talent remain unfed. daniel: that is a funny business desk for now. but sarah has an inspirational story from the world of sports. sarah: 10 years ago, he was a fourth official on the crew in the world cup in germany. sie en, the war in syria has fo h his family to move to germany as refugees. he now referees matches in the bavarian district. a job that has brought some measures of normality back to his life. reporter: getting ready for his second outing in the district league. the 51-year-old is refereeing a match. not exactly the crandall a the footballing world. but he did -- the creme de la creme of the football world. used to work full-time for the syrian f.a.
now fate has brought him back to germany and bavaria. >> of course the matches are different to officiate on account of the level. the higher the level, the easier it is for the referee. the players at a high level are a lot faster. they have to push themselves a lot harder. overall, those matches are easier to supervise. reporter: even know he cannot speak much germany, he has the match under control. he got his referee license from the bavarian federation in september. four years ago the wardrobe his family out of damascus. he has just recently been reunited with his wife and children in germany. >> i want my children to finish their studies and to study what they like. and i hope to be able to lead a stable life. germany is a stable country. the future here is secure. reporter: refereeing in the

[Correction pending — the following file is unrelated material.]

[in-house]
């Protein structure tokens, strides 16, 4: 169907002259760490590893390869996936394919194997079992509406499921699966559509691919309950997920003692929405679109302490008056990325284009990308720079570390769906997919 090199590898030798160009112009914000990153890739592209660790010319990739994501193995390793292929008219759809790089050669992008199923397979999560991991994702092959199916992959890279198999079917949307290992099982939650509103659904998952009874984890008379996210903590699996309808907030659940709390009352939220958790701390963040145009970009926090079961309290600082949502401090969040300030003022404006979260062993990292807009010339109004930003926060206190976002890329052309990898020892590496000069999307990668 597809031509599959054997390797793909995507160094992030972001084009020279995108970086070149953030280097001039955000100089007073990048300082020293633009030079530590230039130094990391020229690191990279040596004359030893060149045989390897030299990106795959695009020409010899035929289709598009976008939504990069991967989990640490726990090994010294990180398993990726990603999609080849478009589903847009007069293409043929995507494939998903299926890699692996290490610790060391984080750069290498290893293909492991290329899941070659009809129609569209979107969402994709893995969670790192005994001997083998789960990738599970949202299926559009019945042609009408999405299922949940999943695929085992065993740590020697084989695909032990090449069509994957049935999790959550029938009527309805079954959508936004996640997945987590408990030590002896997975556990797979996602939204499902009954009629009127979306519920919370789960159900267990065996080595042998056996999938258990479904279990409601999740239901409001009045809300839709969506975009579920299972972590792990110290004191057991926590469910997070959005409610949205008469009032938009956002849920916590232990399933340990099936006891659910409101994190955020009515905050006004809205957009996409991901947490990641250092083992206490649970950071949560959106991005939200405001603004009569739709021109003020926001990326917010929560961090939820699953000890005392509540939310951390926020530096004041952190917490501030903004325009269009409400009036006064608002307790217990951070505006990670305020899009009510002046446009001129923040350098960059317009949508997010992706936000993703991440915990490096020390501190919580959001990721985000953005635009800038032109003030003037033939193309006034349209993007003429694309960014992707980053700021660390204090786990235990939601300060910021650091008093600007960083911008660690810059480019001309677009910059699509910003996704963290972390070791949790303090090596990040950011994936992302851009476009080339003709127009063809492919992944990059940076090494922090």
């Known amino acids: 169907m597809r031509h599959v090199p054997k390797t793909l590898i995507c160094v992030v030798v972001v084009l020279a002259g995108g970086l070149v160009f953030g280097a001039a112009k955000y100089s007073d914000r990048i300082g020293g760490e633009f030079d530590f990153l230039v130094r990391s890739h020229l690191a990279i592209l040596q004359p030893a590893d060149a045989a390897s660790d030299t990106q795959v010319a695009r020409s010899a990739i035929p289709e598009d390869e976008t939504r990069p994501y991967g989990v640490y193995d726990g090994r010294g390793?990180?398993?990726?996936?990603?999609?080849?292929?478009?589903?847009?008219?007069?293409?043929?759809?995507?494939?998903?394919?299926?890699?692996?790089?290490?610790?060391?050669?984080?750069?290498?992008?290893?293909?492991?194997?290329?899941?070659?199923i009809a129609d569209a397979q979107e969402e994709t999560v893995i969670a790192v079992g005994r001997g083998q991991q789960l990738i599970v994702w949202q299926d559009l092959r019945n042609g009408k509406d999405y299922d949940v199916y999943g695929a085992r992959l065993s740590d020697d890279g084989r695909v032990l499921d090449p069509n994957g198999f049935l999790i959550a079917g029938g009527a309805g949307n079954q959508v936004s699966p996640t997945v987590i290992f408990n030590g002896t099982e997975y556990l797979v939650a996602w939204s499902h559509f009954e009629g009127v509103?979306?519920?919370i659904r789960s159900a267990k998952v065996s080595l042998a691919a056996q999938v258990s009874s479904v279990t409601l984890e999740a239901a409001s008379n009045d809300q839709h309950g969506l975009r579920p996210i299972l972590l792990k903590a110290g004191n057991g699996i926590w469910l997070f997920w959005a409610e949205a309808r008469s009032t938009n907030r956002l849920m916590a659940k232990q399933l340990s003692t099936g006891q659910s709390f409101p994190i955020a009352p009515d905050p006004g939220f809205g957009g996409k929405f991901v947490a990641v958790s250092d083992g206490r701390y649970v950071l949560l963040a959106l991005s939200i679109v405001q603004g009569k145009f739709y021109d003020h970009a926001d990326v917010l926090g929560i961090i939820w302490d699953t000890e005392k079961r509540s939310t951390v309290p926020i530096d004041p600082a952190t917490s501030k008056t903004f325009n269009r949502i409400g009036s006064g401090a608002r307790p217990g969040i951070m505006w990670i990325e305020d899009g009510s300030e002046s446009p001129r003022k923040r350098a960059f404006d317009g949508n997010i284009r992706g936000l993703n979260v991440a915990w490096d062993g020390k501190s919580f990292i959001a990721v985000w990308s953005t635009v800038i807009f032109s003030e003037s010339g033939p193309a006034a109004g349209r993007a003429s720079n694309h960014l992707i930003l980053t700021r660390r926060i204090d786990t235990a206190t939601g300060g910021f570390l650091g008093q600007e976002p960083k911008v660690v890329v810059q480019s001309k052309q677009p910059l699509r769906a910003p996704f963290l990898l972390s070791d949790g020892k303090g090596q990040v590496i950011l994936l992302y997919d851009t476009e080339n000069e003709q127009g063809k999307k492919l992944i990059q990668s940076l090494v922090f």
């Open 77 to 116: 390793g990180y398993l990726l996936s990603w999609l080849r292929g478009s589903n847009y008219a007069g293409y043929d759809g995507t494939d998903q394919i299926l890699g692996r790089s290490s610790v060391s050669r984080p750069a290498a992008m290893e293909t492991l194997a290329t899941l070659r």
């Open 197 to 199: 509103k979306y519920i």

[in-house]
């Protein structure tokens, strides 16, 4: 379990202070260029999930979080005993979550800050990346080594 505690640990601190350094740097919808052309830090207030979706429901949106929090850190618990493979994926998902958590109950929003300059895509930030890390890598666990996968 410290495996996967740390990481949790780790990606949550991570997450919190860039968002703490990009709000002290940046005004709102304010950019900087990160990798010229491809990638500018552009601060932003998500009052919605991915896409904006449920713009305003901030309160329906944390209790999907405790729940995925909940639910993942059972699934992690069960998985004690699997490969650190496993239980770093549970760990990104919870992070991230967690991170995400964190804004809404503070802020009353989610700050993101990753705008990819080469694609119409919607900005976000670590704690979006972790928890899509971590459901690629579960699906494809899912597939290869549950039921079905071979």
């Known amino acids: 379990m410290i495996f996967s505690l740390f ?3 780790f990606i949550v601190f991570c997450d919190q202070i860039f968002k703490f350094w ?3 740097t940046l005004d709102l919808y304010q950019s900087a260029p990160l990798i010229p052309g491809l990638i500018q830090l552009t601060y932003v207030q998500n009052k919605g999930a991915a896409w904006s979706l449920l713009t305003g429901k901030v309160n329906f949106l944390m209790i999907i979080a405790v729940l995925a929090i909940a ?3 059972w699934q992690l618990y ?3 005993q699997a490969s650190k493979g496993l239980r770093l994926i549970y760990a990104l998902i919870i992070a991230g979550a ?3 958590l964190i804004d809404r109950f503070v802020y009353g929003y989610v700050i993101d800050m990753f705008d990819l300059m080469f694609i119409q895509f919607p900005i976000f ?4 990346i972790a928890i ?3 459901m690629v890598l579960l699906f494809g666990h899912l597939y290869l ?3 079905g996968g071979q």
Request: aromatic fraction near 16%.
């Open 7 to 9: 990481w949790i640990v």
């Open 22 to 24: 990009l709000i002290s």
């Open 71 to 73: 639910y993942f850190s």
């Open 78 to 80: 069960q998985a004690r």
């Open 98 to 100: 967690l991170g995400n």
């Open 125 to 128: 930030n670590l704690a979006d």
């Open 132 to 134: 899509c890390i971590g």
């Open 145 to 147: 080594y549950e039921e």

district league has given him the chance to gain a foothold in his new home country. sarah: a quick reminder of our top story before we go. hillary clinton and donald trump are staging final rallies in key swing states on the last day before u.s. voters pick a new president. clinton is scking to a positive message after the fbi said a second probe of her e-mails found no evidence of criminal wrongdoing. trump says the system is rigged. thank you for watching. see you soon. ♪ [captioning performed by the national captioning institute, which is responsible for its caption content and accuracy. visit ncicap.org]
♪[theme music] ♪[theme music] ernabel demillo: hi welcome to asian american life. i'm ernabel demillo. we're at the queens museum in flushing meadows corona park where new york based chinese artist zhang hongtu debuts fifty years of work from his early days in china to present day new york. zhang hongtu showcases ninety contemporary art objects starting with the mao series, which depicts the harsh life of the cultural revolution.